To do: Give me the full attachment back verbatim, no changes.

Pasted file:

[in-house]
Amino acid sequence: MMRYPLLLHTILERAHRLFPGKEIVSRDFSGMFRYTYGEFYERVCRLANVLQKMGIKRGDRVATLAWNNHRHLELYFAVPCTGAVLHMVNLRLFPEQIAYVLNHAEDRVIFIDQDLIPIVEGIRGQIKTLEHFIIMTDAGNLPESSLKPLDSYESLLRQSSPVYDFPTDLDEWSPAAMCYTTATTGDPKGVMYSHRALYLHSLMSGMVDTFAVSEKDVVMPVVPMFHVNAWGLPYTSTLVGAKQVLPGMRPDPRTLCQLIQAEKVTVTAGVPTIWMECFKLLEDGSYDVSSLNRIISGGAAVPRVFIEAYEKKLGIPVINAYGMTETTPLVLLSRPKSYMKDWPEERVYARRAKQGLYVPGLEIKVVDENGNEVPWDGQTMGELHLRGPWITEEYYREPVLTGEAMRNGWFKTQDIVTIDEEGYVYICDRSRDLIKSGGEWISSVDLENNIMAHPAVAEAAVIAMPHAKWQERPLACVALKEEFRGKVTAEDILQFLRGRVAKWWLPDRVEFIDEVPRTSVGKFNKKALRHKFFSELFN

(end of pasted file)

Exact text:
[in-house]
Amino acid sequence: MMRYPLLLHTILERAHRLFPGKEIVSRDFSGMFRYTYGEFYERVCRLANVLQKMGIKRGDRVATLAWNNHRHLELYFAVPCTGAVLHMVNLRLFPEQIAYVLNHAEDRVIFIDQDLIPIVEGIRGQIKTLEHFIIMTDAGNLPESSLKPLDSYESLLRQSSPVYDFPTDLDEWSPAAMCYTTATTGDPKGVMYSHRALYLHSLMSGMVDTFAVSEKDVVMPVVPMFHVNAWGLPYTSTLVGAKQVLPGMRPDPRTLCQLIQAEKVTVTAGVPTIWMECFKLLEDGSYDVSSLNRIISGGAAVPRVFIEAYEKKLGIPVINAYGMTETTPLVLLSRPKSYMKDWPEERVYARRAKQGLYVPGLEIKVVDENGNEVPWDGQTMGELHLRGPWITEEYYREPVLTGEAMRNGWFKTQDIVTIDEEGYVYICDRSRDLIKSGGEWISSVDLENNIMAHPAVAEAAVIAMPHAKWQERPLACVALKEEFRGKVTAEDILQFLRGRVAKWWLPDRVEFIDEVPRTSVGKFNKKALRHKFFSELFN